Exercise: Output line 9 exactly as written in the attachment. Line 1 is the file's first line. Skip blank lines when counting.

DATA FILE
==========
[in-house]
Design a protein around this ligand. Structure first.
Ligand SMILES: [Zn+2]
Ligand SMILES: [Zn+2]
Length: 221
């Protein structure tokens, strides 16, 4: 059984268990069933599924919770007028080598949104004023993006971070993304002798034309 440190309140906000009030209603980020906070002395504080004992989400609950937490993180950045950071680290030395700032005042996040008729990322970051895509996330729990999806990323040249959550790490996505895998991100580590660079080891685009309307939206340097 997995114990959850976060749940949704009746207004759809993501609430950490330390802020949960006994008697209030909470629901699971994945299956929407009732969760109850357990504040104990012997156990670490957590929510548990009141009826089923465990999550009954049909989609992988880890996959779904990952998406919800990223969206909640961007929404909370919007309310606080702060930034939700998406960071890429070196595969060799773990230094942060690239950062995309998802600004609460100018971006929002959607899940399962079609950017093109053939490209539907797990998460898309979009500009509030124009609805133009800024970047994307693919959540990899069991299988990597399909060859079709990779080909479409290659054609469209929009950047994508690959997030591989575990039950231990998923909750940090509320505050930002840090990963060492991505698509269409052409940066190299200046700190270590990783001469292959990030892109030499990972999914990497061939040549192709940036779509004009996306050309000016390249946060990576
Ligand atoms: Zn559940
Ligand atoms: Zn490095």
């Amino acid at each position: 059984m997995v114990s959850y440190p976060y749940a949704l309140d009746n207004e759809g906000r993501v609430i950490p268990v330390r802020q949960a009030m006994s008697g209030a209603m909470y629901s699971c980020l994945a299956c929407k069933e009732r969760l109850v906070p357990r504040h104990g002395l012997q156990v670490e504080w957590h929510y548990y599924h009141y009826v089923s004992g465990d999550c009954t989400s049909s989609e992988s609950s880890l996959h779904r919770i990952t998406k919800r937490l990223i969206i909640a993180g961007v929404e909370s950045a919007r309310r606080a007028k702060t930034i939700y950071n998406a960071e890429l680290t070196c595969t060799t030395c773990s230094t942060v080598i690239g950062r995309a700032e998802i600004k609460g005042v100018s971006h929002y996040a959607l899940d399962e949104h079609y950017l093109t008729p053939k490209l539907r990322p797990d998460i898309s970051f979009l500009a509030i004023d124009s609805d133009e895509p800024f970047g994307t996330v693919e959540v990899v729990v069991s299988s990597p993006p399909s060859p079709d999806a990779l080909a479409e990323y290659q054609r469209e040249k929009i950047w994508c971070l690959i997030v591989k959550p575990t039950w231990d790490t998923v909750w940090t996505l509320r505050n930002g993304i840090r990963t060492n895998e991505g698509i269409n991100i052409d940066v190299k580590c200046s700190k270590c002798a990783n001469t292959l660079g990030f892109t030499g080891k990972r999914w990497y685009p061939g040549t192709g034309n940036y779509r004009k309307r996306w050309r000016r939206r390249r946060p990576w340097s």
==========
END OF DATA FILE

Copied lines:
């Amino acid at each position: 059984m997995v114990s959850y440190p976060y749940a949704l309140d009746n207004e759809g906000r993501v609430i950490p268990v330390r802020q949960a009030m006994s008697g209030a209603m909470y629901s699971c980020l994945a299956c929407k069933e009732r969760l109850v906070p357990r504040h104990g002395l012997q156990v670490e504080w957590h929510y548990y599924h009141y009826v089923s004992g465990d999550c009954t989400s049909s989609e992988s609950s880890l996959h779904r919770i990952t998406k919800r937490l990223i969206i909640a993180g961007v929404e909370s950045a919007r309310r606080a007028k702060t930034i939700y950071n998406a960071e890429l680290t070196c595969t060799t030395c773990s230094t942060v080598i690239g950062r995309a700032e998802i600004k609460g005042v100018s971006h929002y996040a959607l899940d399962e949104h079609y950017l093109t008729p053939k490209l539907r990322p797990d998460i898309s970051f979009l500009a509030i004023d124009s609805d133009e895509p800024f970047g994307t996330v693919e959540v990899v729990v069991s299988s990597p993006p399909s060859p079709d999806a990779l080909a479409e990323y290659q054609r469209e040249k929009i950047w994508c971070l690959i997030v591989k959550p575990t039950w231990d790490t998923v909750w940090t996505l509320r505050n930002g993304i840090r990963t060492n895998e991505g698509i269409n991100i052409d940066v190299k580590c200046s700190k270590c002798a990783n001469t292959l660079g990030f892109t030499g080891k990972r999914w990497y685009p061939g040549t192709g034309n940036y779509r004009k309307r996306w050309r000016r939206r390249r946060p990576w340097s």